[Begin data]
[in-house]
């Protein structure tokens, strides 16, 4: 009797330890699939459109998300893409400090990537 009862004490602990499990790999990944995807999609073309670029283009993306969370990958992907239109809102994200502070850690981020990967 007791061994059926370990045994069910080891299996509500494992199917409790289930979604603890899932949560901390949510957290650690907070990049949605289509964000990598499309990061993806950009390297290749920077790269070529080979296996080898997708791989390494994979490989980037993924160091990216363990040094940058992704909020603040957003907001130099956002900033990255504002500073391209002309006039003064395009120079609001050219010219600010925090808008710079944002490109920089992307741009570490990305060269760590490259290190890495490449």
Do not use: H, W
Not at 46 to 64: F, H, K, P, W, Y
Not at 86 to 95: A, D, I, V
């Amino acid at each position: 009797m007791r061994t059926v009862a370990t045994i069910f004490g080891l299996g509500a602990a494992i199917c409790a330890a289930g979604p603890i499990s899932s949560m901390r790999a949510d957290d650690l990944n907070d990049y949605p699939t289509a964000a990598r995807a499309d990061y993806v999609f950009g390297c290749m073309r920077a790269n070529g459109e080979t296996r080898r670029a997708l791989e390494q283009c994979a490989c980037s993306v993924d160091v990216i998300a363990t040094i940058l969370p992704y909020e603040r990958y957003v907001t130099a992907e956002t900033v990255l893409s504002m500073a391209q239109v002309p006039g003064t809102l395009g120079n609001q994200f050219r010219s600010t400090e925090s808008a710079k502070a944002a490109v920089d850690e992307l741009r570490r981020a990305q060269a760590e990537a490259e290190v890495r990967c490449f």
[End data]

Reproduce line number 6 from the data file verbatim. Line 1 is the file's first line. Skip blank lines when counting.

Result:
């Amino acid at each position: 009797m007791r061994t059926v009862a370990t045994i069910f004490g080891l299996g509500a602990a494992i199917c409790a330890a289930g979604p603890i499990s899932s949560m901390r790999a949510d957290d650690l990944n907070d990049y949605p699939t289509a964000a990598r995807a499309d990061y993806v999609f950009g390297c290749m073309r920077a790269n070529g459109e080979t296996r080898r670029a997708l791989e390494q283009c994979a490989c980037s993306v993924d160091v990216i998300a363990t040094i940058l969370p992704y909020e603040r990958y957003v907001t130099a992907e956002t900033v990255l893409s504002m500073a391209q239109v002309p006039g003064t809102l395009g120079n609001q994200f050219r010219s600010t400090e925090s808008a710079k502070a944002a490109v920089d850690e992307l741009r570490r981020a990305q060269a760590e990537a490259e290190v890495r990967c490449f």